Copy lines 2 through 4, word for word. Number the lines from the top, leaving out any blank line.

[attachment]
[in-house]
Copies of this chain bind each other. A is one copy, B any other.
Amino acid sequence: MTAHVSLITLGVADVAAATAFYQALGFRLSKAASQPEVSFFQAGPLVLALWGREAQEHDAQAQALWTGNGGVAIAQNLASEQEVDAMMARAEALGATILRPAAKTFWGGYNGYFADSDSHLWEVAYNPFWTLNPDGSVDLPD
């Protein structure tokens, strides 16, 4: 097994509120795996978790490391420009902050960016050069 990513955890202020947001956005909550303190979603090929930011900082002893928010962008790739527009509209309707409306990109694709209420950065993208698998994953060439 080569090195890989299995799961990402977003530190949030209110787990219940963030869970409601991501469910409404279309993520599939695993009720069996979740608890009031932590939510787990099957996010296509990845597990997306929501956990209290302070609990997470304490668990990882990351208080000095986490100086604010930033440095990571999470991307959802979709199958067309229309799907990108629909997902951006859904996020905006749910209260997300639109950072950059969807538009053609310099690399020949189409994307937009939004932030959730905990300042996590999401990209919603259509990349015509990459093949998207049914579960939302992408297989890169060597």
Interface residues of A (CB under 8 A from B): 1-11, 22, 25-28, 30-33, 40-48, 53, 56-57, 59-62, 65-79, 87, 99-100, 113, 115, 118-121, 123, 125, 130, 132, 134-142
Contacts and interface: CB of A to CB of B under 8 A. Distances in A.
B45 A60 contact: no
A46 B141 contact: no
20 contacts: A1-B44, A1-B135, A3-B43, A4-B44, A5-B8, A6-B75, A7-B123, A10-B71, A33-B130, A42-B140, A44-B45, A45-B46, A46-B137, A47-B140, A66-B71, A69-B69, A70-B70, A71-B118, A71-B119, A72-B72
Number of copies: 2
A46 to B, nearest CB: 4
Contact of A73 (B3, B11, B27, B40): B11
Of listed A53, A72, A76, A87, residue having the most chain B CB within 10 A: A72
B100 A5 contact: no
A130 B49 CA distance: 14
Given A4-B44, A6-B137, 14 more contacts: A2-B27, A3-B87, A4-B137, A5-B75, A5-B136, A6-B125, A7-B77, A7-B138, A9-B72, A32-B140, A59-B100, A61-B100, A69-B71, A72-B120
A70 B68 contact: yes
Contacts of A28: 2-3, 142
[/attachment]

Copies of this chain bind each other. A is one copy, B any other.
Amino acid sequence: MTAHVSLITLGVADVAAATAFYQALGFRLSKAASQPEVSFFQAGPLVLALWGREAQEHDAQAQALWTGNGGVAIAQNLASEQEVDAMMARAEALGATILRPAAKTFWGGYNGYFADSDSHLWEVAYNPFWTLNPDGSVDLPD
């Protein structure tokens, strides 16, 4: 097994509120795996978790490391420009902050960016050069 990513955890202020947001956005909550303190979603090929930011900082002893928010962008790739527009509209309707409306990109694709209420950065993208698998994953060439 080569090195890989299995799961990402977003530190949030209110787990219940963030869970409601991501469910409404279309993520599939695993009720069996979740608890009031932590939510787990099957996010296509990845597990997306929501956990209290302070609990997470304490668990990882990351208080000095986490100086604010930033440095990571999470991307959802979709199958067309229309799907990108629909997902951006859904996020905006749910209260997300639109950072950059969807538009053609310099690399020949189409994307937009939004932030959730905990300042996590999401990209919603259509990349015509990459093949998207049914579960939302992408297989890169060597």